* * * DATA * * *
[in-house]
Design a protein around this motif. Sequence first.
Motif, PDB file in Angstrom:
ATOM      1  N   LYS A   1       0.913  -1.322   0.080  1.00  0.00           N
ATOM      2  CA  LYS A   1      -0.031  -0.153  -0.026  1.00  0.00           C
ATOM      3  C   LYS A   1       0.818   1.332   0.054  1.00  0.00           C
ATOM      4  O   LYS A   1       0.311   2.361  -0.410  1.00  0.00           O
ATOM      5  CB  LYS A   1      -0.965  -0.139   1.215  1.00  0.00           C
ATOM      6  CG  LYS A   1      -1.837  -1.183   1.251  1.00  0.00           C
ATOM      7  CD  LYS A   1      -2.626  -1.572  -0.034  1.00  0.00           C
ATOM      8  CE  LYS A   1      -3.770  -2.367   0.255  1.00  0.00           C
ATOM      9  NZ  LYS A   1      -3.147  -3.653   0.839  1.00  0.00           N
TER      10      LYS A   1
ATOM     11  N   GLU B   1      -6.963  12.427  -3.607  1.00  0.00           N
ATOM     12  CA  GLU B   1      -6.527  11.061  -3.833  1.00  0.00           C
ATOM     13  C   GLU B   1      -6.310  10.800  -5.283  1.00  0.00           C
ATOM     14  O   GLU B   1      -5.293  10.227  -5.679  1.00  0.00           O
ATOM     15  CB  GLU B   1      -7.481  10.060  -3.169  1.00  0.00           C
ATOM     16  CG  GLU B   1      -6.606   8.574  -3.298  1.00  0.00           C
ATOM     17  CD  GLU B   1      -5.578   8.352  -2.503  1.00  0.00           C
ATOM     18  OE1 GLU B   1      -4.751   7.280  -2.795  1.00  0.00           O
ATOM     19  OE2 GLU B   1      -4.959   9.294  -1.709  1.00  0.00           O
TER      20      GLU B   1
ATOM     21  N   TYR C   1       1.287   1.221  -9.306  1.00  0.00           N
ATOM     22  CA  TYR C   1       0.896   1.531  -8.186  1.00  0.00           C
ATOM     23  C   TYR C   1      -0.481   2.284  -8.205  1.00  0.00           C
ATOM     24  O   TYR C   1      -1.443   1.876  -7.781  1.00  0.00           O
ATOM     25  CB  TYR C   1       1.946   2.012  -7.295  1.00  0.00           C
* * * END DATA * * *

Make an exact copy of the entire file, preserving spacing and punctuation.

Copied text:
[in-house]
Design a protein around this motif. Sequence first.
Motif, PDB file in Angstrom:
ATOM      1  N   LYS A   1       0.913  -1.322   0.080  1.00  0.00           N
ATOM      2  CA  LYS A   1      -0.031  -0.153  -0.026  1.00  0.00           C
ATOM      3  C   LYS A   1       0.818   1.332   0.054  1.00  0.00           C
ATOM      4  O   LYS A   1       0.311   2.361  -0.410  1.00  0.00           O
ATOM      5  CB  LYS A   1      -0.965  -0.139   1.215  1.00  0.00           C
ATOM      6  CG  LYS A   1      -1.837  -1.183   1.251  1.00  0.00           C
ATOM      7  CD  LYS A   1      -2.626  -1.572  -0.034  1.00  0.00           C
ATOM      8  CE  LYS A   1      -3.770  -2.367   0.255  1.00  0.00           C
ATOM      9  NZ  LYS A   1      -3.147  -3.653   0.839  1.00  0.00           N
TER      10      LYS A   1
ATOM     11  N   GLU B   1      -6.963  12.427  -3.607  1.00  0.00           N
ATOM     12  CA  GLU B   1      -6.527  11.061  -3.833  1.00  0.00           C
ATOM     13  C   GLU B   1      -6.310  10.800  -5.283  1.00  0.00           C
ATOM     14  O   GLU B   1      -5.293  10.227  -5.679  1.00  0.00           O
ATOM     15  CB  GLU B   1      -7.481  10.060  -3.169  1.00  0.00           C
ATOM     16  CG  GLU B   1      -6.606   8.574  -3.298  1.00  0.00           C
ATOM     17  CD  GLU B   1      -5.578   8.352  -2.503  1.00  0.00           C
ATOM     18  OE1 GLU B   1      -4.751   7.280  -2.795  1.00  0.00           O
ATOM     19  OE2 GLU B   1      -4.959   9.294  -1.709  1.00  0.00           O
TER      20      GLU B   1
ATOM     21  N   TYR C   1       1.287   1.221  -9.306  1.00  0.00           N
ATOM     22  CA  TYR C   1       0.896   1.531  -8.186  1.00  0.00           C
ATOM     23  C   TYR C   1      -0.481   2.284  -8.205  1.00  0.00           C
ATOM     24  O   TYR C   1      -1.443   1.876  -7.781  1.00  0.00           O
ATOM     25  CB  TYR C   1       1.946   2.012  -7.295  1.00  0.00           C